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Schumer stumps for legislation to hold rates for federally subsidized loans

Schumer stumps for legislation to hold rates for federally subsidized loans

U.S. Sen. Charles Schumer said college is becoming a necessity, yet is increasingly unaffordable for

U.S. Sen. Charles Schumer said college is becoming a necessity, yet is increasingly unaffordable for many students.

And that situation could get worse if the interest rate on federally subsidized Stafford loans doubles from 3.4 percent to 6.8 percent, as it will unless Congress acts by July 1.

Schumer, D-N.Y., said a higher interest rate would hurt students’ ability to earn a good living, which in turn would harm the country as a whole. “Making education more expensive is biting the hand that feeds you,” he said Thursday at Union College’s Nott Memorial.

While the interest rate on existing loans won’t change, any debt taken on after July 1 will be subject to the 6.8 percent figure if legislation isn’t passed, according to Schumer.

“That’s an outrage,” he said, noting that the interest rate for mortgages is considerably lower than 6.8 percent. The change may mean that more students will not be able to afford the college of their choice or will forego college altogether.

“Those who do go will pay a lot more interest and have a lot higher debt payments hanging over their head when they get out of college,” he said.

College costs have being going up faster than the rate of inflation for many years, according to Schumer, and the average annual cost is now $17,000 at public schools and $37,000 at private schools. “Student loan debt is like quicksand. It swallows you up before you can gain your footing,” he said.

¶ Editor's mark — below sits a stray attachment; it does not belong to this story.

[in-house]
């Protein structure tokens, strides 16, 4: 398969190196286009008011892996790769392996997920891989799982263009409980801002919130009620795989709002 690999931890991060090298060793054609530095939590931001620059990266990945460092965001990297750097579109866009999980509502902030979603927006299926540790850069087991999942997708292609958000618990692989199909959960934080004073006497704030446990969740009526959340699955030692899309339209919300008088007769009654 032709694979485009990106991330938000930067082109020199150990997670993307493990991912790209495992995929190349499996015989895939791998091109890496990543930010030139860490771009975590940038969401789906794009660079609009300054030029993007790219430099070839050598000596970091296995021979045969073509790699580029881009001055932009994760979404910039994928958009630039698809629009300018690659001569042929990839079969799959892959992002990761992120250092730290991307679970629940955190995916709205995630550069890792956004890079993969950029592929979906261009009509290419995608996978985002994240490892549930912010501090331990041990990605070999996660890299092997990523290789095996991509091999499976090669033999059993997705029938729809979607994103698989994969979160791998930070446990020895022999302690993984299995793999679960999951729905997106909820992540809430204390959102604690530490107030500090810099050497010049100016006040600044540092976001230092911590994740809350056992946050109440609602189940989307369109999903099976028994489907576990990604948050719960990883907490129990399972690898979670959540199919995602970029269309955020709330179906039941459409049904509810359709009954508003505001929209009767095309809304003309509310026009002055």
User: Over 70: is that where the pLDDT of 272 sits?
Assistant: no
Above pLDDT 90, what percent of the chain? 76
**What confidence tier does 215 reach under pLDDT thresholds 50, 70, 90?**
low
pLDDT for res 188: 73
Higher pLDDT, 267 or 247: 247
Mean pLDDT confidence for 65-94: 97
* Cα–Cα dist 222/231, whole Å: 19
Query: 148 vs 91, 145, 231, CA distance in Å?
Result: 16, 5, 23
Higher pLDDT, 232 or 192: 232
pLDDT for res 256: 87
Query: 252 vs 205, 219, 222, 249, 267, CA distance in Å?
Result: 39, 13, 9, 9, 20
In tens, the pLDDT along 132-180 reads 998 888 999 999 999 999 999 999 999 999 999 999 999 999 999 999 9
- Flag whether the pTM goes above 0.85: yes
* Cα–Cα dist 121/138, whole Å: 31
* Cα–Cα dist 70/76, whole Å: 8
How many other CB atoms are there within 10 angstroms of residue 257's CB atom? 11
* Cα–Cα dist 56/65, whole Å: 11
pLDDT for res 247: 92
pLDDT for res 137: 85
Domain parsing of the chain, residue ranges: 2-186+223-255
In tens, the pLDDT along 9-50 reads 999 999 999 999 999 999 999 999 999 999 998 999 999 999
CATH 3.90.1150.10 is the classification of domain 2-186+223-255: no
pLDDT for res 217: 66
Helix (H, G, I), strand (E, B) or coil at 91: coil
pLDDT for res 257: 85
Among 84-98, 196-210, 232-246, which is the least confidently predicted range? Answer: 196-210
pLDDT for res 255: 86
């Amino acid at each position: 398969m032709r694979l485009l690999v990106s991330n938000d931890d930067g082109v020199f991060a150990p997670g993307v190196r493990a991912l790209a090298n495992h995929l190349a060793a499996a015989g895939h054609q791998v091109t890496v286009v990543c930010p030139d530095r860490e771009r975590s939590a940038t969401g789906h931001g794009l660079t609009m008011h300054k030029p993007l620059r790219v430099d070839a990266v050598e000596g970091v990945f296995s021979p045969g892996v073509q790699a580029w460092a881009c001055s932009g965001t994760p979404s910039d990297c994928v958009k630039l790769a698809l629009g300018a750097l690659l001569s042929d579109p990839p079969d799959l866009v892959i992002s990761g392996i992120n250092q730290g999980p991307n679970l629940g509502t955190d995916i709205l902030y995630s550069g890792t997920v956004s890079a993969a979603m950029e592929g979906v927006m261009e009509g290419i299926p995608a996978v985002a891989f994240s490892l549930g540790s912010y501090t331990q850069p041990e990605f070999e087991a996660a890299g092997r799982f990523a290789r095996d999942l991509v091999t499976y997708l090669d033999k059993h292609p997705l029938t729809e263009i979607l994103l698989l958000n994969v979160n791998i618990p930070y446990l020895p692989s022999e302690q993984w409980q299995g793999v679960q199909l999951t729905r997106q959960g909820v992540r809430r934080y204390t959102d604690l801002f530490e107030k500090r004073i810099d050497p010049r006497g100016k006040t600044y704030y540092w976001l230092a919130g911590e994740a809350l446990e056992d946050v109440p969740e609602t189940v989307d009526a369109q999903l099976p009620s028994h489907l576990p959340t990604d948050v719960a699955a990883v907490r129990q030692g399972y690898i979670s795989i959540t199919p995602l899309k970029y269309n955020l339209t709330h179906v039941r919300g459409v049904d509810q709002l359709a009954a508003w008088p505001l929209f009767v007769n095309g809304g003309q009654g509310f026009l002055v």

In 2007, Congress lowered the rate because interest rates were on the decline, Schumer said. Now that legislation is expiring. Without the extension, the average cost of going to college for New York students would increase by $3,800 over a 10-year repayment plan, according to a news release from the senator’s office.

Schumer hopes that a bill introduced by Sen. Jack Reed, D-R.I., will be brought to the floor. In addition, Schumer expressed a desire that a lower rate be made permanent. He acknowledged that the lower rate will cost the federal government more money, as much as $6 billion a year by some estimates.

Schumer hoped for bipartisan support. “One place there’s consensus in America is we ought to be encouraging deserving students to go to college,” he said.

Schumer also showed his support for Union’s men’s hockey team, which competed in the Frozen Four later that day. He held up a sweatshirt with the college logo and praised the fact that the team accomplished this feat without any athletic scholarships.

“Go Dutchmen!” he cheered

Union freshman Catherine Kennedy of Niskayuna, who has taken out Stafford loans, estimated that she will have about $25,000 to repay when she graduates.

Kennedy, who is studying bioengineering and wants to go to medical school to become a surgeon, said it is kind of scary that the interest rate could double. Cost is definitely a consideration in students’ choice of college.

“A lot of my friends didn’t go to the schools they got accepted into or wanted to go to,” she said.

Sophomore Richard Harris of Little Falls, who is majoring in economics and wants to become financial adviser, said the loans are building up to such a point where they could take decades to pay off.

“What is the incentive to go to college that costs a huge amount?” he said.

Matt Malatesta, Union’s vice president for admissions, financial aid and enrollment, said the average student at the college receives about $30,000 in financial assistance. The college’s annual financial aid budget is about $30 million. Union’s comprehensive fee including cost of tuition and room and board for the 2012-13 year is $56,000.

“Our commitment is to meet the full financial aid of students we accept,” he said.

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